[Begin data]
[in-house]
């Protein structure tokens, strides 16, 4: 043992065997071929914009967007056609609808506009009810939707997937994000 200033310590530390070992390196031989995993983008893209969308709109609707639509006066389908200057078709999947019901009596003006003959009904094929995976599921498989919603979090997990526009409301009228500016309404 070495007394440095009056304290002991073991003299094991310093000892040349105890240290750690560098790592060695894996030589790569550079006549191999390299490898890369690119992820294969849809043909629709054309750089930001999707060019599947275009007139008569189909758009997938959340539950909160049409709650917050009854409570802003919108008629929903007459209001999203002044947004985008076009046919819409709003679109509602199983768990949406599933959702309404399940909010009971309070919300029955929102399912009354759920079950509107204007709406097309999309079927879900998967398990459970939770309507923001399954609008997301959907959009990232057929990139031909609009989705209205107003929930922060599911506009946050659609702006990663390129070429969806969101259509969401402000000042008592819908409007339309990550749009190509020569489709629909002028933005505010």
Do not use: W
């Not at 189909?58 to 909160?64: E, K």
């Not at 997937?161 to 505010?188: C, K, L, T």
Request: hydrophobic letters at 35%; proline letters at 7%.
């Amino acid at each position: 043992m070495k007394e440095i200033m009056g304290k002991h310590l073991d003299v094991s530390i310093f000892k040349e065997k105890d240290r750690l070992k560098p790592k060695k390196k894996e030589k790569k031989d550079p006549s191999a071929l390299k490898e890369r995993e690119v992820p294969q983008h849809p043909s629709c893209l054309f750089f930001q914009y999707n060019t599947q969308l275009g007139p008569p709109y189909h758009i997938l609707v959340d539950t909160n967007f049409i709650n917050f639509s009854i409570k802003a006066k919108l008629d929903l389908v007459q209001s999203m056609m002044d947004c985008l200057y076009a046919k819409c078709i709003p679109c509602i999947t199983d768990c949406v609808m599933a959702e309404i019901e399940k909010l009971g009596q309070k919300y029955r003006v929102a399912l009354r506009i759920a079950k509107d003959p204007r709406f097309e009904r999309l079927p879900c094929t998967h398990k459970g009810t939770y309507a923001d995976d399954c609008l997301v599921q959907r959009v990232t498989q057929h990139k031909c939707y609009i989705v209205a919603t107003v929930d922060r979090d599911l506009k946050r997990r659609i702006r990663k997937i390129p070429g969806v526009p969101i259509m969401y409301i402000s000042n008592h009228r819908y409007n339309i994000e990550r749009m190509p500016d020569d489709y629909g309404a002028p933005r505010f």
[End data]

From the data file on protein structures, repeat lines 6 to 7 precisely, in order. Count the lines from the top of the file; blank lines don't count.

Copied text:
Request: hydrophobic letters at 35%; proline letters at 7%.
């Amino acid at each position: 043992m070495k007394e440095i200033m009056g304290k002991h310590l073991d003299v094991s530390i310093f000892k040349e065997k105890d240290r750690l070992k560098p790592k060695k390196k894996e030589k790569k031989d550079p006549s191999a071929l390299k490898e890369r995993e690119v992820p294969q983008h849809p043909s629709c893209l054309f750089f930001q914009y999707n060019t599947q969308l275009g007139p008569p709109y189909h758009i997938l609707v959340d539950t909160n967007f049409i709650n917050f639509s009854i409570k802003a006066k919108l008629d929903l389908v007459q209001s999203m056609m002044d947004c985008l200057y076009a046919k819409c078709i709003p679109c509602i999947t199983d768990c949406v609808m599933a959702e309404i019901e399940k909010l009971g009596q309070k919300y029955r003006v929102a399912l009354r506009i759920a079950k509107d003959p204007r709406f097309e009904r999309l079927p879900c094929t998967h398990k459970g009810t939770y309507a923001d995976d399954c609008l997301v599921q959907r959009v990232t498989q057929h990139k031909c939707y609009i989705v209205a919603t107003v929930d922060r979090d599911l506009k946050r997990r659609i702006r990663k997937i390129p070429g969806v526009p969101i259509m969401y409301i402000s000042n008592h009228r819908y409007n339309i994000e990550r749009m190509p500016d020569d489709y629909g309404a002028p933005r505010f």